The Sovereignty of God’s Word

By | 3 Dec 2010
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Lately I’ve been making the case that the God of the Bible does not go around killing His children, inflicting them with diseases, or causing disasters.

In this post we’ll tackle another way God has self-limited His sovereignty: His Word and His promises contained within it.

In a previous post, we covered how God is indeed sovereign, but He has limited His sovereignty in this earth by His own will. There, we discussed the first way He had limited His own sovereignty: delegating His authority to mankind, how we lost that authority by Adam bowing his knee to Satan, how Jesus won back that authority by His death and resurrection, and how He has re-delegated that authority back to His followers.

Now we will address the second way in which He has limited His own sovereignty. That is by His promises, all of which are also contained within His Word.

We will be covering this issue from the foundational fact the Bible is infallible, inerrant, and the absolute Truth, the document which addresses and controls virtually every aspect of the life, faith, and practice of Christ-followers. If you don’t agree with that premise, we’re not going to dig into a defense of that here. You’ll need to explore the issue elsewhere because I’m not addressing unsaved folk who are questioning the claims of Christ upon them, but Christians who have been misled by centuries of misguided religious dogma.

The Virtue of Integrity

God’s Word is incredibly important to Him. He has declared in multiple passages in both the Old and New Testaments how His Word is inseparable from Himself. In fact, Chapter 1 the John’s Gospel describes Jesus Christ as God’s Word in human form.

I will worship toward Your holy temple, and praise Your name For Your lovingkindness and Your truth; for You have magnified Your word above all Your name.
Psalm 138:2 (emphasis mine)

We as human beings tend to place a high regard upon people who keep their word to us and fulfill their promises. We look up to and honor those who keep their word despite opposition or adverse circumstances. We call such folks “people of integrity.”

We also look down on those who don’t fulfill our trust in their words, who, for various reasons ranging from fear of consequences to mere convenience to simple laziness, simply decide their promises are not going to be kept. We intrinsically despise those who cheat on their wives, embezzle funds entrusted to their care, treasonously betray their countries, desert in the face of the enemy, or abuse the innocent — to wit, those who cannot be trusted.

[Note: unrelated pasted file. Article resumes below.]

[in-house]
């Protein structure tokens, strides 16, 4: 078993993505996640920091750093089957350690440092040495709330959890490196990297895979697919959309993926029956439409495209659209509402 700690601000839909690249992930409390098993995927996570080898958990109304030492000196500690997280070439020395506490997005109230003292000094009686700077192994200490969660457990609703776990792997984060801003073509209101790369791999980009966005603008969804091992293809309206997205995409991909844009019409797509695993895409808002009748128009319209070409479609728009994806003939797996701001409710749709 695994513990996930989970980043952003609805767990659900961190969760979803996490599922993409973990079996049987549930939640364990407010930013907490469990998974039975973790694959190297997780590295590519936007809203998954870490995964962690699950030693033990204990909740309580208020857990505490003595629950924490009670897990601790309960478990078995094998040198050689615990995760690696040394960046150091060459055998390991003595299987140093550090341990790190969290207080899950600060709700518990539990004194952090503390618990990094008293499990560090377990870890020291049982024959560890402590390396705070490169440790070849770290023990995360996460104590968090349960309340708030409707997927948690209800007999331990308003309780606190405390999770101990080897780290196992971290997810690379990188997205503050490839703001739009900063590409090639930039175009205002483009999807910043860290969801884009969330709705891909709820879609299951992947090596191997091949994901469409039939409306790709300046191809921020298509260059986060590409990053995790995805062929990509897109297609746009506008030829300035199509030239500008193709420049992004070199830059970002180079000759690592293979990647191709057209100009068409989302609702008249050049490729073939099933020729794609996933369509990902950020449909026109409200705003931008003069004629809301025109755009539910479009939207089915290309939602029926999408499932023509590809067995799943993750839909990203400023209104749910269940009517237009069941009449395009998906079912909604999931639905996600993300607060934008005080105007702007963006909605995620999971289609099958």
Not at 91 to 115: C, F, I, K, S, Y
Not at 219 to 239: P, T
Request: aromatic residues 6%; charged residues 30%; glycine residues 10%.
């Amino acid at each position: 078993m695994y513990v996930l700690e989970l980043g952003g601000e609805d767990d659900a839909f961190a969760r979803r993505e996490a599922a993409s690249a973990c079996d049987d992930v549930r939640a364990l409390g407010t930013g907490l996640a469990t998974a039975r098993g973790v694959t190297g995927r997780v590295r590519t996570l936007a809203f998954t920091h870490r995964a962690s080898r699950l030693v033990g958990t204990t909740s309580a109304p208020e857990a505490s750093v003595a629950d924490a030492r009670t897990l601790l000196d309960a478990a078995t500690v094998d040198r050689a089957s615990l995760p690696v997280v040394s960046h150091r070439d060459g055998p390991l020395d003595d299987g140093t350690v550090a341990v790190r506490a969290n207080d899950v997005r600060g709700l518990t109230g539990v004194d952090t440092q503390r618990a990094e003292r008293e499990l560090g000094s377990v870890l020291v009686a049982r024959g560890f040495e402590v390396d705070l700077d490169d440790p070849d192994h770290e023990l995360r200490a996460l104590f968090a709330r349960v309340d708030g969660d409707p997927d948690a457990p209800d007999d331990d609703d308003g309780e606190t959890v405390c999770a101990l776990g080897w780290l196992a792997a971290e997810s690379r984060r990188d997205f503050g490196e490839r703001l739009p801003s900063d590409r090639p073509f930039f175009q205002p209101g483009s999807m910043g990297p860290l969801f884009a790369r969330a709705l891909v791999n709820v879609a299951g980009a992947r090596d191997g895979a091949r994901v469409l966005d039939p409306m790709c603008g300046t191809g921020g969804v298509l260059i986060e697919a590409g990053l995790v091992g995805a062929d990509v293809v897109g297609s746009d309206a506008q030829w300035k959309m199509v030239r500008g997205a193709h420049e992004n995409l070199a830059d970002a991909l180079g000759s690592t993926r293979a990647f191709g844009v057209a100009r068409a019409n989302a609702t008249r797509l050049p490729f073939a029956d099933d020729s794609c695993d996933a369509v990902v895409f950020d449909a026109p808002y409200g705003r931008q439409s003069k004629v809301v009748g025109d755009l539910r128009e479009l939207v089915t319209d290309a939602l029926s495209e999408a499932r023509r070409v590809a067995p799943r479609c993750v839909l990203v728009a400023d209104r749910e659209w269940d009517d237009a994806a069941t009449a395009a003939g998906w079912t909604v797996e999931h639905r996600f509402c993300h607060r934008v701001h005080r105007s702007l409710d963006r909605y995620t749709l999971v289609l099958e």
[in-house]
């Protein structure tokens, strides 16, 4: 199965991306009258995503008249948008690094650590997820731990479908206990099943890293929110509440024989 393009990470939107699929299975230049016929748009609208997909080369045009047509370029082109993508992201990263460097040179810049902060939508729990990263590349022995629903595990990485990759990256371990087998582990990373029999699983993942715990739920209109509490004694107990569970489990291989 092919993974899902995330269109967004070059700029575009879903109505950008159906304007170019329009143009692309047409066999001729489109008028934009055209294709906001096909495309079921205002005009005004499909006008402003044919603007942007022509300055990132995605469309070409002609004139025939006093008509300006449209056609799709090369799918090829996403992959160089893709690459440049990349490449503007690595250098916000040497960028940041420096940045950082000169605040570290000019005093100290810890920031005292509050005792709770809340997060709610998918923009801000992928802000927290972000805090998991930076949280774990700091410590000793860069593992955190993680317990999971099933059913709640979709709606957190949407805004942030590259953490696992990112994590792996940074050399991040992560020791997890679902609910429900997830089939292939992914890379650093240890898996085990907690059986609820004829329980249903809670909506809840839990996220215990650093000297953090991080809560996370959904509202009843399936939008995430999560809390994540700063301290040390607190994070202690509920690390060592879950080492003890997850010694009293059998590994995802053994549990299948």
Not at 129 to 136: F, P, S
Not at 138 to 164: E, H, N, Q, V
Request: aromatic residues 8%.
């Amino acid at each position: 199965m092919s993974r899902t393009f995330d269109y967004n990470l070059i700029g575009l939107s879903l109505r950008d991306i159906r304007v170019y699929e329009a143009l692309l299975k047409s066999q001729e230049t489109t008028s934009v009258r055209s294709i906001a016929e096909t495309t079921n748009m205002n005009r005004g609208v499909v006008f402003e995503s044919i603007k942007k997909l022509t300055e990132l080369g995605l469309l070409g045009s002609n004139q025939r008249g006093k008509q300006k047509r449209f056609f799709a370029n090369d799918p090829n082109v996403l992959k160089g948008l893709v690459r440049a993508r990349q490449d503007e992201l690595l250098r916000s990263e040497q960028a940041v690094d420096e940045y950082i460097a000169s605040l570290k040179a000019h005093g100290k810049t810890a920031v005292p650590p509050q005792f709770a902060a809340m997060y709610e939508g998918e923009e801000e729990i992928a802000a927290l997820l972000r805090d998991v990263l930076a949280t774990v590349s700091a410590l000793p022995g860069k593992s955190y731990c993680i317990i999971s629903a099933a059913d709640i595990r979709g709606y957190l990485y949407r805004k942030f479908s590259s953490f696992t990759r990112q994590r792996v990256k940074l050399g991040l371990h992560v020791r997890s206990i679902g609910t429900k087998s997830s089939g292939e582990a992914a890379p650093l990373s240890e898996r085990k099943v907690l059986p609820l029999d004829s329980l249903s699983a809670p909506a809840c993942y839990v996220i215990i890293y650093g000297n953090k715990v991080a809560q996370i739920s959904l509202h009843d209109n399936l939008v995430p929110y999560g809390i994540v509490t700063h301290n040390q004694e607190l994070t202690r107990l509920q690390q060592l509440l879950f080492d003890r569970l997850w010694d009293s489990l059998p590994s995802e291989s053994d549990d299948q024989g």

So we have an ingrained human-racial belief/assumption that other humans should keep their word. I believe this comes from the verse in Genesis 2 where God said, “Let Us make man in Our image…” According to this verse, God created mankind with the intrinsic characteristics of His own being.

Since Newton’s 3rd Law of Thermodynamics (the Law of Entropy) demonstrates how nothing can spawn or develop into something greater than itself, we can safely conclude that we didn’t come up with this racial value for integrity on our own spin, but in fact it was imparted by our Creator. Indeed, the Living God values integrity so highly He ensured all of us humans possess a similar value for it, though in some societies that innate sense has been suppressed through sin or false religious dogma (e.g., Islam).

So why should we respect and honor any god who cannot be trusted to keep his own word? And why should the One True Living God be exempted from that standard?

The Impartiality of God

The Bible also repeatedly states God is no respecter of persons, meaning He is completely impartial, therefore His Word is true and dependable for every man, woman, and child on the planet.

The one thing we can always take to the bank is the Word of God. We are what it says we are, we can have what it says we can have, we can do what it says we can do, and we are going where it says we are going! It is not subject to God making exceptions whenever He theoretically takes a notion to do something different for some reason only known to Himself.

Yes, No & Wait

There’s a very pious-sounding saying running around the organized church for a few years now which goes something like this: “God answers our prayers with yes, no, or wait.” While there is some truth to the saying, many Christians take it way outside of its scriptural limits. Here’s why I say this.


God in the OT and Jesus in the NT repeatedly promise affirmative answers to our prayers. Just a few examples:

Yet you do not have because you do not ask.
James 4:2b

For all the promises of God in Him are Yes, and in Him Amen, to the glory of God through us.2 Corinthians 1:20

Now this is the confidence that we have in Him, that if we ask anything according to His will, He hears us. And if we know that He hears us, whatever we ask, we know that we have the petitions that we have asked of Him.
1 John 5:14-15

If you abide in Me, and My words abide in you, you will ask what you desire, and it shall be done for you. John 15:7

If you ask anything in My name, I will do it.
John 14:14

So that’s the “yes” portion; no problem so far.


Often there is a timing issue involved where God has already answered our prayers in the affirmative, but has some circumstances to arrange, or some character development He needs to complete in us before we see the manifestation of that answer. Sometimes, as exemplified by the prophet Daniel, there is opposition to our answers being delivered to us, demonic powers who oppose the angels tasked with delivering our answer to us. Sometimes, it’s all of them.

That covers the “wait.”

The problem is many people turn their “wait” into a “no,” abdicating their answer by giving up, then blaming it on God by stating He said “no” when the only problem was their adopting an “add-water-and-stir” mentality towards the process. We as a postmodern society have a very short attention span and little or no patience for anything not as quick and easy as a microwave oven or a drive-thru window. Unfortunately, that attitude has permeated the Church, as well, and such an attitude serves us badly.


There are only two times when the Bible says we’ll get a “no” answer to our prayers.